Agent of Desire recently posited an experiment (which I discussed briefly in the last post) where women should take of the trappings of femininity and go out into the world as ‘sex agents’, looking to objectify men. She suggests:
Consciously look the men on the carriage and analyse how attracted you feel to them. This will feel quite predatory, almost as though you are looking through the sight of a gun. You may well have a lot of resistance to this as you don't want to treat others in a way you don't want to be treated, but don't worry for now - this is your theraputic exercise. [...] Really indulge in your own sexually preditory nature and enjoy feeling the power of choice this gives you. This is a power men enjoy the feeling of daily, even if it is delusional. As a woman, it is not a delusion because you are female and men aren't naturally as selective as women when it comes to sex, because nature gave you the power of choice over them because you are the one with the womb.The basis for Agent of Desire’s experiment is that women ‘in nature’ should be the objectifiers, because men are not particularly selective about who they mate with, and women carry huge risks (pregnancy) through having sex and so should be the selective mate. She argues that men have conspired to remove women’s right to objectify men and have reversed the natural order. Her experiment is meant to give power back to women.
Now, there are some obvious problems with this post. First, is the notion that all women perform a particular type of femininity (discussed in the post below), and, second, this post is very heteronormative. But, in other ways, I think that she is right that for heterosexual women to engage so actively in objectification is quite a challenging thing to do and so might be an ‘interesting’ experiment, in the way that ‘new’ experiences are.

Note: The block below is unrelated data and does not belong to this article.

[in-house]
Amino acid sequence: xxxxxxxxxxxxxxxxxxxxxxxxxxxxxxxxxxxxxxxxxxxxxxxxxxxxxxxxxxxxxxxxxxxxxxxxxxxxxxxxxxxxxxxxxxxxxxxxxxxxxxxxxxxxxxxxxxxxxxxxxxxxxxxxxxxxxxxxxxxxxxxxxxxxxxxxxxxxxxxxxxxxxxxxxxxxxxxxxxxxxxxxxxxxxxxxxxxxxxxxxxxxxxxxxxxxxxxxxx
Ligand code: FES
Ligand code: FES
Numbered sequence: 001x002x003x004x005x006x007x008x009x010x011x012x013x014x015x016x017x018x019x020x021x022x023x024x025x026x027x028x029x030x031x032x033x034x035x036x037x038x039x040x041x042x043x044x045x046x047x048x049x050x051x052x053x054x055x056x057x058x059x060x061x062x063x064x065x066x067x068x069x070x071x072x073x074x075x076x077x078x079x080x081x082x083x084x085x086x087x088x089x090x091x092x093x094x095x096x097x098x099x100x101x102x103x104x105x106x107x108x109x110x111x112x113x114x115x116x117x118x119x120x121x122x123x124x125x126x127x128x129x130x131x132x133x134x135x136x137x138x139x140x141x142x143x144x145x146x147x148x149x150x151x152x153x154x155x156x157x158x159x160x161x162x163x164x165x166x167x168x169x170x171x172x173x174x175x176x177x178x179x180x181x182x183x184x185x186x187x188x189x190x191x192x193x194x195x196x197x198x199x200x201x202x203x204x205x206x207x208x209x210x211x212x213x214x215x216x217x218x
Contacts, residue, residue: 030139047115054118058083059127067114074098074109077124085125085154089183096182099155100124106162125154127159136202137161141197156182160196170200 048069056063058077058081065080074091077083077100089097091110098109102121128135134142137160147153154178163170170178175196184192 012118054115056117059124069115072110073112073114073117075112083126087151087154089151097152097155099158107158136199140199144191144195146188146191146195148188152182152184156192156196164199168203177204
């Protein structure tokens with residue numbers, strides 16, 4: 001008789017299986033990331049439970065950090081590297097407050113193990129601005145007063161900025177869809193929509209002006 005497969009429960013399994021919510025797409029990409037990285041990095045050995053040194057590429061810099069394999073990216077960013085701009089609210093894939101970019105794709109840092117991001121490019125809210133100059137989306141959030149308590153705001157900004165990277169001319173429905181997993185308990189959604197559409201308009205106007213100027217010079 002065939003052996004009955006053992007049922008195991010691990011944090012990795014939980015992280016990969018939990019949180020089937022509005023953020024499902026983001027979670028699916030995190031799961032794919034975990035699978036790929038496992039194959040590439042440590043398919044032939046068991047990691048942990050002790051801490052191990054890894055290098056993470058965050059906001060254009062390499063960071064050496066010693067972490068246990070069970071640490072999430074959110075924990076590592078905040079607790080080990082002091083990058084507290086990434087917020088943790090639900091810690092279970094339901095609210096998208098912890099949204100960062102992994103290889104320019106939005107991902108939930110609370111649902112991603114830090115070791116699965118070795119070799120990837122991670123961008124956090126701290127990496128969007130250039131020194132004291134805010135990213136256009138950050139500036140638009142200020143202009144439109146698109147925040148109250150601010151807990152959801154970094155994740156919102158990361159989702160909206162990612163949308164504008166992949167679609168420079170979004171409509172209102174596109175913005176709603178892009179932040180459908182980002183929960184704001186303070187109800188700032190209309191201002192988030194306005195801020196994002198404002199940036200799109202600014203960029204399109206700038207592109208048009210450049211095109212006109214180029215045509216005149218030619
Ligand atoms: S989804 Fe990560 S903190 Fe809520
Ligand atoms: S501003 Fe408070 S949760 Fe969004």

But, the experiment actually raised some much bigger questions for me about the nature of desire. As feminists, we are usually happy to recognise that gender and sexuality are both constructions, but, when it comes to desire, we fall back on a narrative that claims desire is ‘natural’, ‘innate’, ‘biological’. After-all, the purpose of the human race is to have babies, or something like that. As a result, we never fully condemn objectification. Time and again, I have seen feminists telling men that they are allowed to objectify women, but just not overtly, or, perhaps, not without permission. (And this is despite the fact that we will all agree that not all women want babies, that not all women want to have sex with men (or for that matter vice versa), and that rape sure as hell isn’t about sex drive). But, heaven forbid, we suggest that people can’t get their jollies through looking at hawt bod (with permission and in an unexploitative context).
Ultimately, the problem is that we have is an inability to reconceptualise desire. And I think as feminists we really need to. Reclaiming objectification for women is problematic for just the reason’s Agent of Desire promotes it. Objectification is predatory; it promotes an unequal power relationship between the viewer and viewed, and it removes the humanity of the ‘object’. Do we really want to be introducing inequality into our personal lives, even if we are in the seat of power? Does a good sex life have to require the removal of one partner’s humanity?
Can we learn to appreciate the physical body without objectifying it?